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Revista de Biología Tropical

On-line version ISSN 0034-7744

Rev. biol. trop vol.49 n.1 San José Mar. 2001

 

Diet seasonality and food overlap in fishes of the upper Orituco stream, northern Venezuela

Mario Ortaz 1
 

Recibido  7-XII-1999.   Corregido  21-VI-2000.   Aceptado  31-VII-2000

Abstract
 
The diets of four diurnal fish species (Creagrutus bolivari, Knodus deuterodonoides, Knodus sp. and Poecilia reticulata) were examined during a year in the Orituco stream at northern Venezuela. The fishes were sampled monthly from February 1991 to March 1992 (except October 1991 and February 1992) in the stream main channel with a beach seine and a cast net. Diet is reported as frequency of ocurrence and numeric proportion because variation in prey sizes was small. Non-parametric statistical tests were applied. A total of 18 distinct prey items were found in stomachs. The diet of these fishes consisted of aquatic insects (Coleoptera, Diptera, Hemiptera, Odonata, Plecoptera and Trichoptera), allochthonous plant matter (fragments of leaves and seeds), microalgae (Chlorophyta and Bacillariophyceae) and terrestrial arthropods (Coleoptera, Diptera, Hymenoptera and Arachnida). The low percentage of empty guts and the high fullness percentage of guts suggest that food was always abundant. Aquatic insects were more important in the dry season (November - April) while plant matter and terrestrial arthropods increased in the wet season (May - October). The Proportional Similarity Measure (PS) was high between characid species and low between characids and P. reticulata in the dry season. PS decreased during the wet season because of a reduction in aquatic insect consumption. The seasonal diet shift indicated the greater importance of allochthonous food only in the wet season.

Key words:   Tropical fishes; Characidae; Poecilidae; Creagrutus bolivari; Poecilia reticulata; Knodus deuterodonoides; Stomach content analysis; Orituco stream; Venezuela.
 
 
It is generally believed that fishes in shaded headwater tropical streams rarely use their feeding specializations and that they depend primarily on allochthonous food such as terrestrial arthropods, terrestrial plant debris and other food that drops into the water (Lowe-McConnell 1987). However, some studies have indicated that fishes inhabiting these environment may depend on autochthonous items such as periphyton, aquatic insects and fishes (Zaret and Rand 1971, Moyle and Senanayake 1984, Olurin et al 1991). Angermeier and Karr (1983) studied the relation between fish community structure and food availability in Panamanian streams; they classified fishes in seven feeding guilds (algivores, aquatic insectivores, general insectivores, piscivores, scale-eaters, terrestrial herbivores and omnivores). Furthermore, they found that the species richness of feeding guilds increased with stream size and canopy openness.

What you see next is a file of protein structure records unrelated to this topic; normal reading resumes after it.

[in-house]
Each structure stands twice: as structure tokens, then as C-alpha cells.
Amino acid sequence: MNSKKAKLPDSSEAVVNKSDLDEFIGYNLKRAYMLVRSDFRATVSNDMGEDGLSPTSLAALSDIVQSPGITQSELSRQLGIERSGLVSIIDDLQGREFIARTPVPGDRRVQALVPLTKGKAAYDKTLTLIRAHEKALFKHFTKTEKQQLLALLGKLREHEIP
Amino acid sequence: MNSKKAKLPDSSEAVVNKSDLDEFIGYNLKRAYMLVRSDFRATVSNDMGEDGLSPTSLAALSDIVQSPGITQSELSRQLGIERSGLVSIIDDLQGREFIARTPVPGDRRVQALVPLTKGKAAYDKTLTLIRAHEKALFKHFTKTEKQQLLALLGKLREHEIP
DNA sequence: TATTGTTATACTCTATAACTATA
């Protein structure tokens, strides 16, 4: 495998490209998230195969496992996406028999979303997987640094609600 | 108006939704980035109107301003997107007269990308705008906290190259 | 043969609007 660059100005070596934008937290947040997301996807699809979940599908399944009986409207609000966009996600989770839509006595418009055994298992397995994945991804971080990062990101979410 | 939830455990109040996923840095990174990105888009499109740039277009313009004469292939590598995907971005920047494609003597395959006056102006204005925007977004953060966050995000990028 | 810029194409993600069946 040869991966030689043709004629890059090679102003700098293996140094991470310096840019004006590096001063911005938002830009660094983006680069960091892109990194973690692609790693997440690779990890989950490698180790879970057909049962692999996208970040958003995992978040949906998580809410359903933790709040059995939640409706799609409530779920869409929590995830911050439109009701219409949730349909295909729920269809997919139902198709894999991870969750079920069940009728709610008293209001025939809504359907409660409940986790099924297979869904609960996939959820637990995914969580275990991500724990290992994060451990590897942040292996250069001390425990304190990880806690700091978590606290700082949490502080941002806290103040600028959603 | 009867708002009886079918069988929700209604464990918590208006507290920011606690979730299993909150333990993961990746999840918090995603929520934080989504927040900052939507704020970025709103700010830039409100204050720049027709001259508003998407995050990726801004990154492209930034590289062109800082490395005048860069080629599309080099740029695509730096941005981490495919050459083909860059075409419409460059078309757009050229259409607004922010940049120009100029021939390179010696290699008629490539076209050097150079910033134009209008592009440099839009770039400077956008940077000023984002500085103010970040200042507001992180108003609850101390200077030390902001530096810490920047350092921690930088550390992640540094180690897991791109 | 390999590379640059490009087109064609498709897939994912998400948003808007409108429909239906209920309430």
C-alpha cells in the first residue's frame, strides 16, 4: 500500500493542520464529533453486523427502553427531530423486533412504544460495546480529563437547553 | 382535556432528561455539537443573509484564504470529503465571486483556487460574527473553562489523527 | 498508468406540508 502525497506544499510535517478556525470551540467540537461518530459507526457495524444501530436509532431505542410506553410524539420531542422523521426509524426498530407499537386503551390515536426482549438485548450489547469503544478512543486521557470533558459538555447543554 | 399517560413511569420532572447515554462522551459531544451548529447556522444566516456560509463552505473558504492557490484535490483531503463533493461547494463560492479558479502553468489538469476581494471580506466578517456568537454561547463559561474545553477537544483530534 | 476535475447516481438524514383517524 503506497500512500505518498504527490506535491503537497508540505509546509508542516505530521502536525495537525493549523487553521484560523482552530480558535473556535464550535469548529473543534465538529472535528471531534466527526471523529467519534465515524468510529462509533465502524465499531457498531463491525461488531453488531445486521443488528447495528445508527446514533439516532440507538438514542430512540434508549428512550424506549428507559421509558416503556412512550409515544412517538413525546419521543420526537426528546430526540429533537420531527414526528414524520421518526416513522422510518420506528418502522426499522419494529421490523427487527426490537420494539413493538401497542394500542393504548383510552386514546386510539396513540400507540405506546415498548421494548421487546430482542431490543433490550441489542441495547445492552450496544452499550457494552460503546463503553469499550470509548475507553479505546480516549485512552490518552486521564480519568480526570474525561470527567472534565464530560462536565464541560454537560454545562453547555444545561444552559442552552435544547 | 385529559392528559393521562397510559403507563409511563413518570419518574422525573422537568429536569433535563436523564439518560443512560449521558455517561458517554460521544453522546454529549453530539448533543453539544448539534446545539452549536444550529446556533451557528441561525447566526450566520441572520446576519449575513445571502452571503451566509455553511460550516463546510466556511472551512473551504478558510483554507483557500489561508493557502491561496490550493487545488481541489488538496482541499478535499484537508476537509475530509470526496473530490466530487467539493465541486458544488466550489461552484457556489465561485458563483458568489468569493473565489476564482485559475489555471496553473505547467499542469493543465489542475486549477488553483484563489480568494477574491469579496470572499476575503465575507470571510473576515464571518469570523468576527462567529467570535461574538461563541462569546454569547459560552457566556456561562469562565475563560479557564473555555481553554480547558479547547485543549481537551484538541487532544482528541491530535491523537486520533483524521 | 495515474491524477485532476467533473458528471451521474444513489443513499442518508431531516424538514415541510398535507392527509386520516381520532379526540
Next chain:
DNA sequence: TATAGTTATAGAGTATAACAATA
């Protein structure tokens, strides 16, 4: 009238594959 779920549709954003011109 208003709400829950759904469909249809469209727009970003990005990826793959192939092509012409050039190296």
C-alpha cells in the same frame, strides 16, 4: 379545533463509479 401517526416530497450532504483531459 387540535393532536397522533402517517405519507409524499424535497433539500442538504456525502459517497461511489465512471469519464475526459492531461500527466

According to Welcomme (1985), fishes appear to be highly facultative in their feeding in tropical rivers and stream. Evidence from a variety of systems (Knöppel 1970, Mago-Leccia 1970, Bishop 1973, Lowe-McConnell 1975, 1987, Saul 1975, Silva et al. 1980, Goulding 1980, Prejs and Prejs 1987, Olurin et al. 1991) indicate that the same food resource may be shared by numerous species and that each specie may successively exploit several different resources during the year. However, other reports from small streams indicate the opposite (Zaret and Rand 1971, Silva and Kortmulder 1977, Moyle and Senanayake 1984, Winemiller 1989). There are few studies about the diet of fishes in small headwater streams in Venezuela, and the present study aims at providing information on the diet seasonality and overlap among some fishes inhabiting a shaded headwater stream in northern Venezuela.
 
 
Materials and methods
 
Study area:   the Orituco stream (66º 15’ - 66º 45’ W; 10º 00’ - 10º 15’ N), has a drainage area of 8 907 km2 and a total length of 348 km. The origin of Orituco stream is in Guatopo National Park at 1 200 masl (Rangel 1973). In this zone, the stream is 4th order (Whitton 1975) and it is bordered by a mostly evergreen gallery forest. The mean temperature and conductivity are 23.8 oC and 158  s/cm, respectively. Discharge range was from 0.39 m3/s during the dry season (November to April) to 1.56 m3/s during the wet season (May to October). Stream substrate consisted of boulders, pebbles and cobbles in riffles, and fine substrate (sand and mud) in pool habitats. The mean width and depth were 3 m and 0.5 m, respectively.